Something astounding happened the other night and I thought you ought to know because even though I think you have got more or less everything to do with the Rio Ferdinand affair wrong, and catastrophically so, I do remember all the times you have been right - all the times you carried a light for the old game on some very dark nights indeed.
But that wasn't the Gordon Taylor I heard when I switched on the car radio in the wake of the Ferdinand verdict.
What I found myself listening to - and this was the astonishing thing - was a party line that might have been rubber-stamped and issued from the Old Trafford press office.
I heard talk of a young man hounded into a career crisis not because he had done something profoundly wrong, not because he had made a mockery of any idea that the best-paid members of your union are capable of understanding that with their great riches come some basic responsibilities, but out of some arbitrary official desire to find a scapegoat and then lump upon him all the pressure for a new climate in the national game.
It was your talk and it was savaged by the BBC guy who broke the broadcasting conventions and launched himself into an indignant attack. You know, Gordon, I agreed with almost every word he said and that was a shock.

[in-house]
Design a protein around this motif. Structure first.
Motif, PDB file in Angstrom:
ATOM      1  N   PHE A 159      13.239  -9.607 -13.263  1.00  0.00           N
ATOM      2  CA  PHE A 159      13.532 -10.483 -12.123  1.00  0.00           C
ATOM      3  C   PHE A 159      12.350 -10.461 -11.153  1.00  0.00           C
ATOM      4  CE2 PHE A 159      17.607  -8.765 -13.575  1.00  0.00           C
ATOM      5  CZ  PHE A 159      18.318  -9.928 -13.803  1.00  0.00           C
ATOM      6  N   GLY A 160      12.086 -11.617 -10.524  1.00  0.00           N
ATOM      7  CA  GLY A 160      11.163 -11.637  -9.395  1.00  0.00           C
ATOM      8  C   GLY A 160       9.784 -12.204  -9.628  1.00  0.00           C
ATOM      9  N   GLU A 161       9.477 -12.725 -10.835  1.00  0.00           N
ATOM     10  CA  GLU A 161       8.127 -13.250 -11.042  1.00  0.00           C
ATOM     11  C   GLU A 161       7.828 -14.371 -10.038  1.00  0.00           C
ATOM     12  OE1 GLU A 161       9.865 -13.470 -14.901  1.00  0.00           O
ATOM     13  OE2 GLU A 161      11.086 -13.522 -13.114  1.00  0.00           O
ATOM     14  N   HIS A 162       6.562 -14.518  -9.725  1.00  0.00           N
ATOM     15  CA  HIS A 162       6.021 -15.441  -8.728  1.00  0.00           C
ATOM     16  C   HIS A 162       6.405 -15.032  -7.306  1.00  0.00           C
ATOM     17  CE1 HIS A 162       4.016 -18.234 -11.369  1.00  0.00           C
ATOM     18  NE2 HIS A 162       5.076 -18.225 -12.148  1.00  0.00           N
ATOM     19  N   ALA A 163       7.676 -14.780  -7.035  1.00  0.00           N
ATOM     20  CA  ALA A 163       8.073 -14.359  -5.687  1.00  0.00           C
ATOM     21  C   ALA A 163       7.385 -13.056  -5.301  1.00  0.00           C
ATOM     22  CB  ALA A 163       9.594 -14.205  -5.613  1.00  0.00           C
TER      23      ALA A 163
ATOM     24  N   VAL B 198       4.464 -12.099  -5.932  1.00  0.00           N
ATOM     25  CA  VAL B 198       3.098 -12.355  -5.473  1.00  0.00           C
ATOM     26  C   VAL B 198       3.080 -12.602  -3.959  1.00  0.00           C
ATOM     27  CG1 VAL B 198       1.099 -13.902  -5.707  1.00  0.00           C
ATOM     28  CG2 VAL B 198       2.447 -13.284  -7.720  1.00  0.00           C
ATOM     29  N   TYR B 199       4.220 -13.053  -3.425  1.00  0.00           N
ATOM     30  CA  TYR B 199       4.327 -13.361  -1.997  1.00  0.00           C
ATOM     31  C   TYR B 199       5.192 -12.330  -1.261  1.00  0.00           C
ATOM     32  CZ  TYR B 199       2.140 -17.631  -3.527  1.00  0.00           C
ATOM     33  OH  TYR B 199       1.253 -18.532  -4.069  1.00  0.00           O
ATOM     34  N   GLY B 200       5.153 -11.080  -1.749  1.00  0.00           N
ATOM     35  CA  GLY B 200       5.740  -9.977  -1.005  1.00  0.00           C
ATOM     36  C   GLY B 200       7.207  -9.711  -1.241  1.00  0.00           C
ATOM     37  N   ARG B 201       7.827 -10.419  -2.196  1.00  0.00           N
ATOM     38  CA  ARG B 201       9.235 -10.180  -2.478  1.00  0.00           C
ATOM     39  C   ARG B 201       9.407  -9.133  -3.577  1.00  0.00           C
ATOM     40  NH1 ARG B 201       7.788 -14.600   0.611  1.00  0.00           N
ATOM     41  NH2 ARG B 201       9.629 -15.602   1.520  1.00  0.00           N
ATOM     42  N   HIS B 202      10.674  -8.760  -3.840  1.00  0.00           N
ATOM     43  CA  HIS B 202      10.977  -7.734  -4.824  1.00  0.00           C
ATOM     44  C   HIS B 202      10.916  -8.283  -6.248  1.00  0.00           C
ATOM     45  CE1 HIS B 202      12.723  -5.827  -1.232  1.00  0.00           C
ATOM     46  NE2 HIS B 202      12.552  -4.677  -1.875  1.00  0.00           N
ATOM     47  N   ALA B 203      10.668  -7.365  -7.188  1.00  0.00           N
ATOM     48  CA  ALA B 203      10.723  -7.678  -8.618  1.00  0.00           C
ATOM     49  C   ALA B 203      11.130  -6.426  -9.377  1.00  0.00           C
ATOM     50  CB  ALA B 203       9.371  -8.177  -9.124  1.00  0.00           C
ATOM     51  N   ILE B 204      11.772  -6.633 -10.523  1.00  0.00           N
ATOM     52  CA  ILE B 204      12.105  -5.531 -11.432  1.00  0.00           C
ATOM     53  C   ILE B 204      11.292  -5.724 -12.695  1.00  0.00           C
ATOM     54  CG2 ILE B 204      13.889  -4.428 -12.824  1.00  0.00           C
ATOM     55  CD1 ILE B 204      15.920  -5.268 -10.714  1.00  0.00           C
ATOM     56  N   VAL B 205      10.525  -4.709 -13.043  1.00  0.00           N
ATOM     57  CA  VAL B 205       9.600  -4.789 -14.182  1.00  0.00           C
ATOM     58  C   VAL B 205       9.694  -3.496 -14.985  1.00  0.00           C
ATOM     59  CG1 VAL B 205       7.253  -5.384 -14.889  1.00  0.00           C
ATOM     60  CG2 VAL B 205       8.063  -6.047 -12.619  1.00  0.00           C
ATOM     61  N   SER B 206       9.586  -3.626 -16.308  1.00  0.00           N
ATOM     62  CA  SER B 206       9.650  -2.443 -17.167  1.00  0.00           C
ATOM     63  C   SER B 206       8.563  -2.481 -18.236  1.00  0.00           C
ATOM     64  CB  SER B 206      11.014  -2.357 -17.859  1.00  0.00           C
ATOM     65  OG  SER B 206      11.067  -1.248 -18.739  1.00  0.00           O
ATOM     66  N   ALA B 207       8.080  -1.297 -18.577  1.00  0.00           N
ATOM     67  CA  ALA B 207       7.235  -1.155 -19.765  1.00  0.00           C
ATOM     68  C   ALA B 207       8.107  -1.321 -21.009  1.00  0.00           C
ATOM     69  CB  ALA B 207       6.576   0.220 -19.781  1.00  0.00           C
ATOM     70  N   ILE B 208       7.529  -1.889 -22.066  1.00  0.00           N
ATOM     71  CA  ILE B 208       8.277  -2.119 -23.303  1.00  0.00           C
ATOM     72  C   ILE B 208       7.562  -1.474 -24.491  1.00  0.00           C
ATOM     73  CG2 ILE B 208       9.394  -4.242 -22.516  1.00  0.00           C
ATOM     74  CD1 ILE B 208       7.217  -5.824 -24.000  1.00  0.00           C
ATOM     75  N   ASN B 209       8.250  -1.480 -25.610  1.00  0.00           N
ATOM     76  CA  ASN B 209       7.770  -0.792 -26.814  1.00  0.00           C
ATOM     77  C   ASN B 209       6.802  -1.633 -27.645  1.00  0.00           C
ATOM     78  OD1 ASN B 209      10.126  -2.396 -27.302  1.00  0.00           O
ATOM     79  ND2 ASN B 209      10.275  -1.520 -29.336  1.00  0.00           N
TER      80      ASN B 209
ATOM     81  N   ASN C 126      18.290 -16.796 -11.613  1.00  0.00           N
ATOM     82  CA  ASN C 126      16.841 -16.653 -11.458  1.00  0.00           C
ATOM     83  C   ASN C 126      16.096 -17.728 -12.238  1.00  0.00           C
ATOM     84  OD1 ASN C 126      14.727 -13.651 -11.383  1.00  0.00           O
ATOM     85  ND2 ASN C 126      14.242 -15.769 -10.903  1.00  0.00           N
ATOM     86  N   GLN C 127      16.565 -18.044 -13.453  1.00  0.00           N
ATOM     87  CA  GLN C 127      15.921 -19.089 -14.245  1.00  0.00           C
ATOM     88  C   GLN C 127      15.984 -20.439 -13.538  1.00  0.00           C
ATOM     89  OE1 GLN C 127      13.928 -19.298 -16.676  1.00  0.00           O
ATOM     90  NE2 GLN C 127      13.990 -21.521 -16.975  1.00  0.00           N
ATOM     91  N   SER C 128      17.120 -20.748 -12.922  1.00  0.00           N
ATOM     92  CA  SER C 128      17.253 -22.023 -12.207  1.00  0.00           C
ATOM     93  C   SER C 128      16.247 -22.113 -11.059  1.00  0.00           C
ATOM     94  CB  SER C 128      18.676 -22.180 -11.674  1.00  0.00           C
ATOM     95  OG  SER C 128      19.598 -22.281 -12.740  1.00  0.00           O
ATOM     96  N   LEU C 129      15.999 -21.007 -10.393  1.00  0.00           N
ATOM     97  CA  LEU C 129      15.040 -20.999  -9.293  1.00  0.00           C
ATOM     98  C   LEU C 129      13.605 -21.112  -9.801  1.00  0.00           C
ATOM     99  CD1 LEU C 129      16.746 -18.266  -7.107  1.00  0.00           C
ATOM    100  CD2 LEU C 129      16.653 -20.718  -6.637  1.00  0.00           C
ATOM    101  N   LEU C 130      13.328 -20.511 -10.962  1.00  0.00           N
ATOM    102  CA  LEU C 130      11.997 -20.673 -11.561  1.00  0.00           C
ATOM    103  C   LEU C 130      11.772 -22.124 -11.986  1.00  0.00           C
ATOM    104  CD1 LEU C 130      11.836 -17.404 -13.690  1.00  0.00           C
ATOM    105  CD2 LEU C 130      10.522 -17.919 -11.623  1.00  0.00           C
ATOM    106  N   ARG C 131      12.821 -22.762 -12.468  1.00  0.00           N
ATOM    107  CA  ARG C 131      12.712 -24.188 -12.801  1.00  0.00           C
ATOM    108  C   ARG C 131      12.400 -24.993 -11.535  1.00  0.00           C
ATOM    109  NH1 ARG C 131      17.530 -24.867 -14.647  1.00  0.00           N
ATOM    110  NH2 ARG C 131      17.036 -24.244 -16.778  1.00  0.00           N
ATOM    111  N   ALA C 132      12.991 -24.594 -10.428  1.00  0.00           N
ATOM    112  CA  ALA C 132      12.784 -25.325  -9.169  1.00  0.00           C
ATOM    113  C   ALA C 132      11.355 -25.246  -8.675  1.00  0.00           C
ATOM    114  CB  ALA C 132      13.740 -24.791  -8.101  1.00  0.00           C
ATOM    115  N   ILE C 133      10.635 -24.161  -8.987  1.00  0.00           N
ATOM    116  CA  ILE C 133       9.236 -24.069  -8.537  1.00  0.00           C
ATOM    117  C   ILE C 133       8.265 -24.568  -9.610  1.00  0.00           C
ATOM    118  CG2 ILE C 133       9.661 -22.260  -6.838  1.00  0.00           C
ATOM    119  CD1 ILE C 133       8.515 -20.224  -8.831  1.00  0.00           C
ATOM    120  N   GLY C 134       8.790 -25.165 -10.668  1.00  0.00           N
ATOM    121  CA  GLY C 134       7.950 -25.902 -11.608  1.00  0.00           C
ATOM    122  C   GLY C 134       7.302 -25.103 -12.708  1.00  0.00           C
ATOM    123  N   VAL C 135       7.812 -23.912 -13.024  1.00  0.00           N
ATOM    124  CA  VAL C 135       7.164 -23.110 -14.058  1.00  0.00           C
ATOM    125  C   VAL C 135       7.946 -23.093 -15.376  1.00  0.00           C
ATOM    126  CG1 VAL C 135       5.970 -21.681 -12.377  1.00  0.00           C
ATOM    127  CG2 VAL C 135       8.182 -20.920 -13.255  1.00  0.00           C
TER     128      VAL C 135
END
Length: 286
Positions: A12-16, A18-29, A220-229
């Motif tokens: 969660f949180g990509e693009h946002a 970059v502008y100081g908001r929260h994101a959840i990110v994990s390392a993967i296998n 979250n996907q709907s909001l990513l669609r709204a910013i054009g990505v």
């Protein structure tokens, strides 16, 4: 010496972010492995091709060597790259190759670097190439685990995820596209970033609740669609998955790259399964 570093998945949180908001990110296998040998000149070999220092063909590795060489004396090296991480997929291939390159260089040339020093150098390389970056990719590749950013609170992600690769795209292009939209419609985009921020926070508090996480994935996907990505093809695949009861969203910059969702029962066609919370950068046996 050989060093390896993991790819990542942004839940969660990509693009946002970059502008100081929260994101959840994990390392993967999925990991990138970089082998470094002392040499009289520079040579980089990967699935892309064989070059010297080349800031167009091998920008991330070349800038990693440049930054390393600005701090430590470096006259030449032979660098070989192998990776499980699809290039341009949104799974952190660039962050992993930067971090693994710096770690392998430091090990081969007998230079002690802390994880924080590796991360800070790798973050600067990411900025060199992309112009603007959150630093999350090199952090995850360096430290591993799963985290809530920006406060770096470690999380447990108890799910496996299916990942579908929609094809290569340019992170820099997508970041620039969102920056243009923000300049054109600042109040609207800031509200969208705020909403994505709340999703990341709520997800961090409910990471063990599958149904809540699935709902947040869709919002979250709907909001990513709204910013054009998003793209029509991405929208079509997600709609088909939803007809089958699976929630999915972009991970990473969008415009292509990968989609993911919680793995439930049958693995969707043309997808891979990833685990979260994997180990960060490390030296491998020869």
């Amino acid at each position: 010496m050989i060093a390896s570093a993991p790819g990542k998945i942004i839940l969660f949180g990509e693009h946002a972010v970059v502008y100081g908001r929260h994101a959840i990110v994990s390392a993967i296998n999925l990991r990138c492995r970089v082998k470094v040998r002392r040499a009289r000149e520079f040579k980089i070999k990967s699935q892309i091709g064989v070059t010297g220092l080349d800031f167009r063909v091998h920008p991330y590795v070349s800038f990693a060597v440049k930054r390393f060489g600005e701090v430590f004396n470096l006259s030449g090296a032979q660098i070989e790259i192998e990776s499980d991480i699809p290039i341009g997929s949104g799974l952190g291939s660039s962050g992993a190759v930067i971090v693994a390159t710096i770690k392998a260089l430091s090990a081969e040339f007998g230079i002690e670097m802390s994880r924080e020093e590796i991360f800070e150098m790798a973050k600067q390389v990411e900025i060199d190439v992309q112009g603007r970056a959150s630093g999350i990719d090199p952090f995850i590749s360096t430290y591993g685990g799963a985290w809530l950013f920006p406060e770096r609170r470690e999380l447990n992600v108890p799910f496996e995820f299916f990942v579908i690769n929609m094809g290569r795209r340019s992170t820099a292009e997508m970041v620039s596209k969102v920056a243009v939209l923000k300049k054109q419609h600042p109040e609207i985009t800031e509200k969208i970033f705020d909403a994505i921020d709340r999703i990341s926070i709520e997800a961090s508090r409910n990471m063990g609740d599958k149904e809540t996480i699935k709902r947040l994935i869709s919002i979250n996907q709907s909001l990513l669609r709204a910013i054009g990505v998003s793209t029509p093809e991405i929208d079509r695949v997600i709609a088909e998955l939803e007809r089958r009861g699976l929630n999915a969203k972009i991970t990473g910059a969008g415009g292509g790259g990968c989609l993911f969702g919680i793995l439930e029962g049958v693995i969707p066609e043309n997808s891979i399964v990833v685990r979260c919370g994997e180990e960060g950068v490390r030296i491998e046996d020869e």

Riding your old belief in what the game should mean, you've made matchwood of so many interrogators. But not these last few days when you have mulishly refused to accept that when Rio Ferdinand walked away from a drug test he stepped beyond the pale of acceptable behaviour. When you have resurrected the possibility of a strike first raised - and at whose instigation? - by Ferdinand's team-mates before the European qualifying match in Turkey. When you have talked about severing relations with the Football Association. When you have said, in effect, that football's new dawn can rise without you and your high-profile members and their most powerful of employers, Manchester United.
So what do you stand for now, Gordon? We know about your anti-racism and football in the community campaigns. We know how you clawed your way to a decent pay-off from the last Premiership TV deal, so that great old veterans hobbling around on arthritic joints and castaway youngsters could get some help from the plutocrat game to which they gave their lives or at least their dreams. Some of us cheered you all the way home on that one, Gordon.
But where do we go now? We have to go with our instinct that all the idealism of Gordon Taylor doesn't mean so much if it cannot embrace the idea of every man's accountability - if it cannot stand up and declare that some principles cannot be bent so out of shape that they are indistinguishable from the rest of big-time football politics and self-interest.